EU Officials Entry Exam - UK Lobbying For Language Change

News & SocietyPolitics

  • Author Steve Greenwood
  • Published September 21, 2010
  • Word count 570

The government is challenging the rules for the EU Officials Entry Exam. At present candidates must use a second language rather than their mother tongue.

The new British government is now challenging the rules set down for the Brussels civil service exams. The civil service holds a compulsory exam for all European Union citizens who want to work as European Union officials. Currently, the Brussels civil service entry exam must be taken by candidates in a second language rather than their mother tongue.

It seems that the British government has secured an early victory because starting from next year; pre-selection tests for EU civil servants can be taken in English. However, France may not be too happy with this decision. Paris is against such policy and defended for the EU civil service exam to be taken in the candidate’s second language. Some say the objection is because the French government is witnessing the use of French declining over recent years, compared to its rival English.

What the British government is more concerned about is the number of Britons being admitted into the EU commission as working officials. The EU Commission is where early drafting of new policies and regulations take place. Without enough Britons working inside the EU Commission, the UK government fear that they are falling behind in influencing future policy making within the EU. The move to challenge the language rules for civil service exam aims to increase the number of British Citizens working in all level of the EU governmental machinery, in particular within the EU Commission.

We have seen the decline in the number of British EU Officials working in Brussels following the drop of second language teaching in the UK. The newly elected Conservative government blames the previous Labour government of its second language education policy now resulting in a generation gap of British presence within the EU decision making organizations.

The British Foreign Secretary, William Hague also agreed that the challenge to the civil service exam language rules is motivated by the need to increase the number of Britons securing more EU jobs. The current statistic shows that Britain only makes up for 1.8 percent within the EU Commission entry level positions, even though the UK represents almost 12 percent of the entire EU population. Mr Hague said the new government now aims to give due weight to the exercise of UK influence in the EU.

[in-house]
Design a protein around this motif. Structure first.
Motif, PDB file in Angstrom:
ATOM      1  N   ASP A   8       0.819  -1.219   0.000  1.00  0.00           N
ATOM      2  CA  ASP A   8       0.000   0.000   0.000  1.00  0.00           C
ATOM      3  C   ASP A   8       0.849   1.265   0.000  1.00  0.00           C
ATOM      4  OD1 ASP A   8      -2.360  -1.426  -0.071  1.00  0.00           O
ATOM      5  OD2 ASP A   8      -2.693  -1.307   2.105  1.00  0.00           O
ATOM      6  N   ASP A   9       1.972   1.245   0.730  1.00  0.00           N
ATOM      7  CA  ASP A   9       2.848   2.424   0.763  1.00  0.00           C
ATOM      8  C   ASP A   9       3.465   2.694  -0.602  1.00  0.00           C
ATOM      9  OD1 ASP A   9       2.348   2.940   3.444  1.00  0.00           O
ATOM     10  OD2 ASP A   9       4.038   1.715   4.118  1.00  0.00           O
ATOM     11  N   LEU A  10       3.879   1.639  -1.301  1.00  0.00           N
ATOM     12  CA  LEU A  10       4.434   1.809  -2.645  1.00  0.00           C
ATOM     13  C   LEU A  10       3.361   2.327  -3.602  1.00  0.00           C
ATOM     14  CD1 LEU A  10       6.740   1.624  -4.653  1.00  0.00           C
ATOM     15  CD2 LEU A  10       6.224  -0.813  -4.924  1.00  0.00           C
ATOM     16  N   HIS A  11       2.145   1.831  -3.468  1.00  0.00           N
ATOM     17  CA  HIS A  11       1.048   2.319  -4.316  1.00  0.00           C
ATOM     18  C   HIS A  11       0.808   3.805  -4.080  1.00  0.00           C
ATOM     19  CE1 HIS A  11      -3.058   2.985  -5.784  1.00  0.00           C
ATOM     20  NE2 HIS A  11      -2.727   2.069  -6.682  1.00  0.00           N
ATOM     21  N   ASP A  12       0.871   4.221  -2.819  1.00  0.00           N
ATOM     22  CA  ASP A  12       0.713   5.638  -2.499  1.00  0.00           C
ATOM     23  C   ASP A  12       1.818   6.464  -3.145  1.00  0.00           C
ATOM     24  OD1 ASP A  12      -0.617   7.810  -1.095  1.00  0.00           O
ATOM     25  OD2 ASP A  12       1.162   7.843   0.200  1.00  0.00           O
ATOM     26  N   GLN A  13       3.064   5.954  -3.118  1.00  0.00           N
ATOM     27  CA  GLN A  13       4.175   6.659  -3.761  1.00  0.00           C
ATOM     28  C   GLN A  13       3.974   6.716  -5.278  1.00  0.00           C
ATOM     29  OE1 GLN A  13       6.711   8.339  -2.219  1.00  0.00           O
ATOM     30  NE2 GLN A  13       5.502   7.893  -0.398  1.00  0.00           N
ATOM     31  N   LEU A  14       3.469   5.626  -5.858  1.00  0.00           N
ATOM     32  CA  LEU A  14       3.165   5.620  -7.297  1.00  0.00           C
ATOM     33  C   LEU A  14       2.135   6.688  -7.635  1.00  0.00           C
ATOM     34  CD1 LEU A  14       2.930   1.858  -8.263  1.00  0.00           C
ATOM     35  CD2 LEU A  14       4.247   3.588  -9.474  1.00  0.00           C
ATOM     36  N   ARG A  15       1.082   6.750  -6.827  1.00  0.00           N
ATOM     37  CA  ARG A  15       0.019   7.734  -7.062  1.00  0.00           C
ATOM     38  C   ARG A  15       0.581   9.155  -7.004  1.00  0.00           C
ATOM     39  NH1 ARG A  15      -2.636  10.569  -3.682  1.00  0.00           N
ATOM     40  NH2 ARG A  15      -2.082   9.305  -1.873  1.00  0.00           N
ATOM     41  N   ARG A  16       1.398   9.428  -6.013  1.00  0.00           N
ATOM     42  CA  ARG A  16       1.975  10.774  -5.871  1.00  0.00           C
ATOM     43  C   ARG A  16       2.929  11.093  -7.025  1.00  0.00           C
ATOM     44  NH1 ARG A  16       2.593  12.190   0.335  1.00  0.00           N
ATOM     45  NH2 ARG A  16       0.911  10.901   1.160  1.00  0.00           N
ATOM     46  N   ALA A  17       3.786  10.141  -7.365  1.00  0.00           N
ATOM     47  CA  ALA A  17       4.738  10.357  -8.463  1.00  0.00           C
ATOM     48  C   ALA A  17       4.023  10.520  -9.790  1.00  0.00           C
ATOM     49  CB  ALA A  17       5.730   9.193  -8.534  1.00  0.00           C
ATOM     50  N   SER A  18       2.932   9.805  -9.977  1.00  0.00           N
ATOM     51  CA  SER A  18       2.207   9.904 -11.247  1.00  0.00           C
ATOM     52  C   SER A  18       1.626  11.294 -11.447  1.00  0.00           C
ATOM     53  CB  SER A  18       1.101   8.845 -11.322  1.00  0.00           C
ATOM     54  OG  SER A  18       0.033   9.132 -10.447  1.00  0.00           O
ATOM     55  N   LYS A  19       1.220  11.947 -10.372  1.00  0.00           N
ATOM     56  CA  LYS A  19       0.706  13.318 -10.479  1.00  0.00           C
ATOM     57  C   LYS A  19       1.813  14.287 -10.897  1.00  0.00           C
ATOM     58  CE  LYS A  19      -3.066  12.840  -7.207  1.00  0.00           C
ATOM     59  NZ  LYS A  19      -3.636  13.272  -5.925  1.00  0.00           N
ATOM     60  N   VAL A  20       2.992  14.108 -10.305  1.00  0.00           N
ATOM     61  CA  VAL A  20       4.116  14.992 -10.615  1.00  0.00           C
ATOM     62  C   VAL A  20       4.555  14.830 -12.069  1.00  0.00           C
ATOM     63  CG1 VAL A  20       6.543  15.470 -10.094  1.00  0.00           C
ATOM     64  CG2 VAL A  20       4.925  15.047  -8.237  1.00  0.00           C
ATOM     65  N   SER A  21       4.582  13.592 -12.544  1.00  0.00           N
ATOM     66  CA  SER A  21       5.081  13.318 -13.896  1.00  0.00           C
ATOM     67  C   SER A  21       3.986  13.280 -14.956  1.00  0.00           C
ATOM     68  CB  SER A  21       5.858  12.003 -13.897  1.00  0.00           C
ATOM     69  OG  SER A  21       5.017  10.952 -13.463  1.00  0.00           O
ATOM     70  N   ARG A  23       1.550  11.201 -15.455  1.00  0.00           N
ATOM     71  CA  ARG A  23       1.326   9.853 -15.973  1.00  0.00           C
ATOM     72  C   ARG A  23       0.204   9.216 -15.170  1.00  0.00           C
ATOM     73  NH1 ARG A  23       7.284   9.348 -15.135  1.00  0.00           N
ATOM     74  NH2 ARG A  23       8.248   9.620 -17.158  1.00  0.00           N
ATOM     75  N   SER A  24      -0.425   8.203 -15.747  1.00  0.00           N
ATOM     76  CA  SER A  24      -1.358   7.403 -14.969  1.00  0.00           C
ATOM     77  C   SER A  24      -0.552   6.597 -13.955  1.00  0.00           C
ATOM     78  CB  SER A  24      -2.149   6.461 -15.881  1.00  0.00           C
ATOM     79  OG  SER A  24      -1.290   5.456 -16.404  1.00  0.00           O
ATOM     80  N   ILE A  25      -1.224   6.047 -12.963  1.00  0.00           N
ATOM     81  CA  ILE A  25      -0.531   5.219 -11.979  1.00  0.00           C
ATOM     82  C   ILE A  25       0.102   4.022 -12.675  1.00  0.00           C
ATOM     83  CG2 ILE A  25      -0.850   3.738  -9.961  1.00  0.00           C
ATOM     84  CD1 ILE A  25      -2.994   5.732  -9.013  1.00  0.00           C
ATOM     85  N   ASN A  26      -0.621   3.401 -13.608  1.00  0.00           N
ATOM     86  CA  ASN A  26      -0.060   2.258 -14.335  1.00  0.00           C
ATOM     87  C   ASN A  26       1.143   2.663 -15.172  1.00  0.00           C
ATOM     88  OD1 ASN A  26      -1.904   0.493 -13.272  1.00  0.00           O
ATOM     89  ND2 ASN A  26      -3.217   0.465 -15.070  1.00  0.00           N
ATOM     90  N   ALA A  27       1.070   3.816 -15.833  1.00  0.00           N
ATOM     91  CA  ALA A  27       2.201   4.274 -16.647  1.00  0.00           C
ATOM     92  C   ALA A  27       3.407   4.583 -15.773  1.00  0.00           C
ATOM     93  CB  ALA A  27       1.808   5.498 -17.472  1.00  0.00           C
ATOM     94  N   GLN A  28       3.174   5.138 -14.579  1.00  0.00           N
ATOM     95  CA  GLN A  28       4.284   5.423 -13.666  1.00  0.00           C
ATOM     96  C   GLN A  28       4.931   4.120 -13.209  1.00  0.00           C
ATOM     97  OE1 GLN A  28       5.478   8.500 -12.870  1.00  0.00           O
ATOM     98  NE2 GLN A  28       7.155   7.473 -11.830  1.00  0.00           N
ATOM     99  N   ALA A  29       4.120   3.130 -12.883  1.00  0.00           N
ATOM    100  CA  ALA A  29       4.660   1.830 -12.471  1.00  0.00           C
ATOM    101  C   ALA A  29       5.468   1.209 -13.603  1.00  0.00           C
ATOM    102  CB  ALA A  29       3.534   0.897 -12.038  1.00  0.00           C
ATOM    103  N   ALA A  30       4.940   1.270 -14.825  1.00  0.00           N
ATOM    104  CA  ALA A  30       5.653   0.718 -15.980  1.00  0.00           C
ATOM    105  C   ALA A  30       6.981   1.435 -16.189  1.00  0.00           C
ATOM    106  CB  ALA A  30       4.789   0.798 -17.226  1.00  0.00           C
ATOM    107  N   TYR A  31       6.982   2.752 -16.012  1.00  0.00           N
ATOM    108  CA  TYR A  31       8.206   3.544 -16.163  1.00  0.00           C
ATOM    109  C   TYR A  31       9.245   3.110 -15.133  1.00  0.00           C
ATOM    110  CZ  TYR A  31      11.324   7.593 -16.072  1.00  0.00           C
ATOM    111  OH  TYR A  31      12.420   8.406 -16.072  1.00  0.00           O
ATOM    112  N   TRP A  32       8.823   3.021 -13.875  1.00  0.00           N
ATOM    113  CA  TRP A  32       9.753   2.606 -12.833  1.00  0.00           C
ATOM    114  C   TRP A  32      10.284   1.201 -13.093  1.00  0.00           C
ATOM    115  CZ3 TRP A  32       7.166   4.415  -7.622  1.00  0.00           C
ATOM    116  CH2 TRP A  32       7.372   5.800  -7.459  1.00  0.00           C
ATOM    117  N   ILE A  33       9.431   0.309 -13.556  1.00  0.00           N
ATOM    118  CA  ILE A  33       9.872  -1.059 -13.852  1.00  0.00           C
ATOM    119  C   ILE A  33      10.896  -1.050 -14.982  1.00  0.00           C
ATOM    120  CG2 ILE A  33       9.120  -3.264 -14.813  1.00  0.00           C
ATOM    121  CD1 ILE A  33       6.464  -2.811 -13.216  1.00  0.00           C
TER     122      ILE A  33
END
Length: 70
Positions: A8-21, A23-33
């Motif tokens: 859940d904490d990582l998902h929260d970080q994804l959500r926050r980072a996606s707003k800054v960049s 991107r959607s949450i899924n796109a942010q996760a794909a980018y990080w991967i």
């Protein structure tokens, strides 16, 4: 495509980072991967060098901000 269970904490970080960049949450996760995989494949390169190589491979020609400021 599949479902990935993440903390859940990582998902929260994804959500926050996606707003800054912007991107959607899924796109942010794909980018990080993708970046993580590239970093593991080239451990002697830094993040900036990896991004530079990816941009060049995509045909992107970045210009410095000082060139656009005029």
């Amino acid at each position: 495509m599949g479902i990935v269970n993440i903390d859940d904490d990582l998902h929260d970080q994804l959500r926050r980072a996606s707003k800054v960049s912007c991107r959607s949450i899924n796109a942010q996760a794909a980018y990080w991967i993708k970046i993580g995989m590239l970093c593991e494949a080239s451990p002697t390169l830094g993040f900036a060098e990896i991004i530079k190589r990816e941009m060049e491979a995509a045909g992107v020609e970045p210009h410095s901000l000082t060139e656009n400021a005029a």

The Foreign Secretary also outlined that the world political landscape has now shifted towards the eastern countries and therefore it is crucial for the new generation of British to learn second languages. Britain can no longer only play its cards with the Western diplomatic players. On the contrary, future diplomats must learn second languages that are useful in countries such as Poland, Russia, China, India, North African countries, Turkey, and Brazil. The United States is no longer the most reactive player within foreign affairs.

Although the British government has managed to secure the short term victory to allow Britons to take the EU civil service exam in English, this move might not be the best for Britain’s long term interests. The widespread attitude of not needing to learn second languages by most Britons is likely to decrease its competitiveness in the international affairs arena. It is hoped that the new government will roll out new education policies that will encourage more students to take up second language studies.

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